“This is the most interesting thing. » Because then there are inevitable administrative troubles, meetings, contacts with public education, community centers, the judicial service, and families. “The more forbidding side of the job. But it’s just as important.”recognized as fifty years old.

“A reference that doesn’t move”

Sebastien Duclos loves his job [s]young” and the help he can give them. He likes to communicate with them and their view of the world: “These teenagers are amazing. They have a critical eye, a different approach to situations. » When confronted with young people seeking guidance, he comes across as helpful. Sometimes his speech is not heard by the teenagers with whom he works. Sometimes they get angry at him, at adults, at society as a whole. But year after year, Sebastien Duclos remains there. In a world where there are sometimes not enough adults, special educators represent “link that doesn’t move”.

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However, the difficulty is not enough. Moral fatigue, wage stagnation, funding difficulties… “In the long run, it can be difficult”sums up Sebastian Duclos. The health crisis has also taken its toll. Till “Without street work, we will not achieve anything”consecutive incarcerations made it difficult to contact new teenagers and create projects.

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“The obligatory feeling of school has also received a slap in the face: for fragile children, these downtimes could be devastating. » Not to mention the increase in domestic violence: according to the Ministry of the Interior, the police and gendarmerie services recorded a 9% increase in such situations during 2020.

“Debate? What are the debates? »

Finally, questions about their work as elected officials “often”regrets the fifty-year-old. “It is enough for a few young people to show themselves in an unrepublican way to draw general conclusions…” According to him, with the approaching presidential elections, promises and achievements are not up to par. Housing renovation, quality of life in neighborhoods, drug trafficking, discrimination, access to employment, “Everything is approached through the prism of money and the police. This conversation is exhausting.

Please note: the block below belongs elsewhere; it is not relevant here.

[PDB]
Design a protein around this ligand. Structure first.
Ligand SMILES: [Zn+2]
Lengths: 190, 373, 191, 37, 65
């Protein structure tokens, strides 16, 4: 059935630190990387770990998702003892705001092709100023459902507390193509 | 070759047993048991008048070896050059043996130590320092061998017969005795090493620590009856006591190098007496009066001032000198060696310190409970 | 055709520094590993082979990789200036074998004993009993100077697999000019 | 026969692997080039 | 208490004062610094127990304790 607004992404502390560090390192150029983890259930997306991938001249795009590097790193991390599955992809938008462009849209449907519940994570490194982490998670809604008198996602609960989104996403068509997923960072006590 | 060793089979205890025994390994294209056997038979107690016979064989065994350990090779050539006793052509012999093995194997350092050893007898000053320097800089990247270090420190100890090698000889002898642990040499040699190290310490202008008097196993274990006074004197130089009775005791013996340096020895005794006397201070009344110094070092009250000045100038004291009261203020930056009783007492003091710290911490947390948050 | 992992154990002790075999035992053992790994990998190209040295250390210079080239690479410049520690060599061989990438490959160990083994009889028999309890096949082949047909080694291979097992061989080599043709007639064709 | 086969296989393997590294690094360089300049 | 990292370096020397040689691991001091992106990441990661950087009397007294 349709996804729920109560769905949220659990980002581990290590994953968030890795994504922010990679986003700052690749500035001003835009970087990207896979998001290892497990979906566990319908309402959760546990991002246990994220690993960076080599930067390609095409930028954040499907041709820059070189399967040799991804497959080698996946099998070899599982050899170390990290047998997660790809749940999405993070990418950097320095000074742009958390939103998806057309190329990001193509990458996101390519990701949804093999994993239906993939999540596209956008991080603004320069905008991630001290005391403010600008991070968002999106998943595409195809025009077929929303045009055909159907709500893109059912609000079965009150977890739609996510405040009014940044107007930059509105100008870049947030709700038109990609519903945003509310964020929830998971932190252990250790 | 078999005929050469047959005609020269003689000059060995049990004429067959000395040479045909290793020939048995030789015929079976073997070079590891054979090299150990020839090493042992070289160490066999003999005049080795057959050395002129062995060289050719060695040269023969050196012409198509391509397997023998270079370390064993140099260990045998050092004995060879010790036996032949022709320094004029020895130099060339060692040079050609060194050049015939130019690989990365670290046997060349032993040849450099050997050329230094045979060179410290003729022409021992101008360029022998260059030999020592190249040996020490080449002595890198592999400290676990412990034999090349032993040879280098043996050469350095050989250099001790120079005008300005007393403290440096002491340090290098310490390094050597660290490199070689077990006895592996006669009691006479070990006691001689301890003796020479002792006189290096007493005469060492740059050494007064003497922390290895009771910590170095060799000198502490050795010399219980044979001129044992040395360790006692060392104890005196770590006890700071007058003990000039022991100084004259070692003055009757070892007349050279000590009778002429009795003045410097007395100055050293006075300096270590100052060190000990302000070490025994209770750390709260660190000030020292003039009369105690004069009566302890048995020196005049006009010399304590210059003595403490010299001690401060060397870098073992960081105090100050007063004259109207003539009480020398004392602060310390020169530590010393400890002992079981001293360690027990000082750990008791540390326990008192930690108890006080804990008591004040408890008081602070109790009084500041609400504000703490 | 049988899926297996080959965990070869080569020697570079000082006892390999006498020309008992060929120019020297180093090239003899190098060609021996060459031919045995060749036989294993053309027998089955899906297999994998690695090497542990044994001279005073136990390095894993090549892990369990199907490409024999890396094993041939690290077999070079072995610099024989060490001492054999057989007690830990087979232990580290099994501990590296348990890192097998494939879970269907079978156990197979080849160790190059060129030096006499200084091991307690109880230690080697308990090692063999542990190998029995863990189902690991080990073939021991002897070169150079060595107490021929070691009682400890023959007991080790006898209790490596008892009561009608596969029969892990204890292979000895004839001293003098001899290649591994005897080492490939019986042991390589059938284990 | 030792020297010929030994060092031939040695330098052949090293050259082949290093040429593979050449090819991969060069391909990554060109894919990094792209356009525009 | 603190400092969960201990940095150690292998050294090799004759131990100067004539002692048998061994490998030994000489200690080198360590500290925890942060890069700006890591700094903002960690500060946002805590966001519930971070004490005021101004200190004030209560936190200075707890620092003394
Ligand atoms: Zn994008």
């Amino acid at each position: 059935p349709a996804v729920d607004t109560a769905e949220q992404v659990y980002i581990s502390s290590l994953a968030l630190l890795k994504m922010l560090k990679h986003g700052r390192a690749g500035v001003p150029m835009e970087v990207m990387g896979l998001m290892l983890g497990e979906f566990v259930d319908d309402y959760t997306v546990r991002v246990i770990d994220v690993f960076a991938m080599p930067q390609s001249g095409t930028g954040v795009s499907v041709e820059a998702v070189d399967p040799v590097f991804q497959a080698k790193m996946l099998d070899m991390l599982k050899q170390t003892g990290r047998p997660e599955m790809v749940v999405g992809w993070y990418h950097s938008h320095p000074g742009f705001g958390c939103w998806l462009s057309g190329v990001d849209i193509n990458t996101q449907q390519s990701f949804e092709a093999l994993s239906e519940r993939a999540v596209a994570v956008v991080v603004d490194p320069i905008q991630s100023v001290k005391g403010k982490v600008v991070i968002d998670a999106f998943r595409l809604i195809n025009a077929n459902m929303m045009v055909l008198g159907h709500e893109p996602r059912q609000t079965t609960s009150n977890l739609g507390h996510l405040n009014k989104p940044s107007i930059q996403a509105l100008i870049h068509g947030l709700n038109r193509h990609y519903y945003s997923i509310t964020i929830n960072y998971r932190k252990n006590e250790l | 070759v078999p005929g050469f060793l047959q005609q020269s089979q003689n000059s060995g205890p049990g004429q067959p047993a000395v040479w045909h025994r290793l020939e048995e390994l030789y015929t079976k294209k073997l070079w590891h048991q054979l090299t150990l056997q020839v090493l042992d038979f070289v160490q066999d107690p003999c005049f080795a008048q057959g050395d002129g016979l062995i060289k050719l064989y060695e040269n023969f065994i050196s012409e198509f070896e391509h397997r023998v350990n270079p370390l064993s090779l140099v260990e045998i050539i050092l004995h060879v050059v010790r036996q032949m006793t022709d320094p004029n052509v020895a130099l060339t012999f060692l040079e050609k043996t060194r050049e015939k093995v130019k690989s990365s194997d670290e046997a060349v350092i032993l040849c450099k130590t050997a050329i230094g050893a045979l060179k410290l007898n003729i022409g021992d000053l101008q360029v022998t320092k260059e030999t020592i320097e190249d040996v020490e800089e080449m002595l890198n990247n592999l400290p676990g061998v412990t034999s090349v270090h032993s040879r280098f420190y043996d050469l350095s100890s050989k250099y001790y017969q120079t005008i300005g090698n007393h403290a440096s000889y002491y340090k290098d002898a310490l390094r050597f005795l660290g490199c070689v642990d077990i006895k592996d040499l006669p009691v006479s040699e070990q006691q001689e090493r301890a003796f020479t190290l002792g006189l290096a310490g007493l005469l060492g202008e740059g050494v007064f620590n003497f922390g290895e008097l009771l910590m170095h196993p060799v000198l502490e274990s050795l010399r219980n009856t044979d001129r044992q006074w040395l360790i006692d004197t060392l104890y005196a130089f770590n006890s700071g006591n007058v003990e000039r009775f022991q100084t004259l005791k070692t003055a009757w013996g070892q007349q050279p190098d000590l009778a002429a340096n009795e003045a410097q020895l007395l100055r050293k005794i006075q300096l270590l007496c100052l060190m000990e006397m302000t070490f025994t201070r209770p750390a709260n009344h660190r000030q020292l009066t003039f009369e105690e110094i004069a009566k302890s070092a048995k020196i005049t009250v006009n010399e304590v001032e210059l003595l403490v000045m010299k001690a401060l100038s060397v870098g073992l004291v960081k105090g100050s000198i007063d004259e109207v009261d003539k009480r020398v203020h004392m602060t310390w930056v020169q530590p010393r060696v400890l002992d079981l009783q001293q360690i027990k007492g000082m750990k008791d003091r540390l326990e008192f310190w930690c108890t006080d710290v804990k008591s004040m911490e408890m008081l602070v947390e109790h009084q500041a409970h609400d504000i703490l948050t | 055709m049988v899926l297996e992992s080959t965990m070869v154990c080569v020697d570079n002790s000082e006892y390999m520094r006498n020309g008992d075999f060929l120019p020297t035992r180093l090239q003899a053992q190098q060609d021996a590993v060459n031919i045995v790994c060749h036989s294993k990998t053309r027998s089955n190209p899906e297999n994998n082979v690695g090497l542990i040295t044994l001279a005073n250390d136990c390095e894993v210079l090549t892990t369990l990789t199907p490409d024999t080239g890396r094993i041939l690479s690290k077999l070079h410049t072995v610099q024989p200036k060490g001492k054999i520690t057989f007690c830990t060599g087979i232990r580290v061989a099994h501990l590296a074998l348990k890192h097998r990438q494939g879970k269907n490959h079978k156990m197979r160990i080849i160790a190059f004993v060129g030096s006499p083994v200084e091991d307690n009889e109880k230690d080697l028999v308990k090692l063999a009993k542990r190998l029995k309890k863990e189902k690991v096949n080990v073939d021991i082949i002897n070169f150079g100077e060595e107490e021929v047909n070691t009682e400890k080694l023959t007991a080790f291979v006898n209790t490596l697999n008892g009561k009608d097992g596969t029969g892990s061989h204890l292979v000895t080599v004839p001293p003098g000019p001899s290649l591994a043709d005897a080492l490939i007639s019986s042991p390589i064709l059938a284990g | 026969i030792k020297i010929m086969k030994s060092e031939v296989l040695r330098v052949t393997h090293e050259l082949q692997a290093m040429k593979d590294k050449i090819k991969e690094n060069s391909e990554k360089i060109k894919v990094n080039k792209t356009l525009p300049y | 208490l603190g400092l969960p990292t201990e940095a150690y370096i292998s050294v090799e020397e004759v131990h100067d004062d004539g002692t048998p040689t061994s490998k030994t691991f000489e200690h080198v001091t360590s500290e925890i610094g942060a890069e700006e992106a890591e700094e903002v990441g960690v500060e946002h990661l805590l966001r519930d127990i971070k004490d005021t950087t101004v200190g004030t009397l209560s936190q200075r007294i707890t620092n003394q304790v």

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What exactly does he think of the state of the debate in this presidential campaign? Long silence at the end of the line. Sebastien Duclos finally sighs: “Debate? What are the debates? » Everything is said. Literally two weeks before the presidential elections, he regrets that the social issue is not being resolved in any way. “It’s all about immigration, great replacement, all this shit. It’s not very nice…”

He who every day faces the social misfortune of youth in working-class neighborhoods discredits politics and its actors. “I would like to hear that youth and education are important. I would like to talk about the distribution of housing: people similar to each other should not live in the same area. I wish there was real reflection on free public transport. I would like the issue of ecology to become important … ” The list of complaints is growing. But if only one had to be left, Sebastien Duclos would like his young people to be “are considered full citizens.”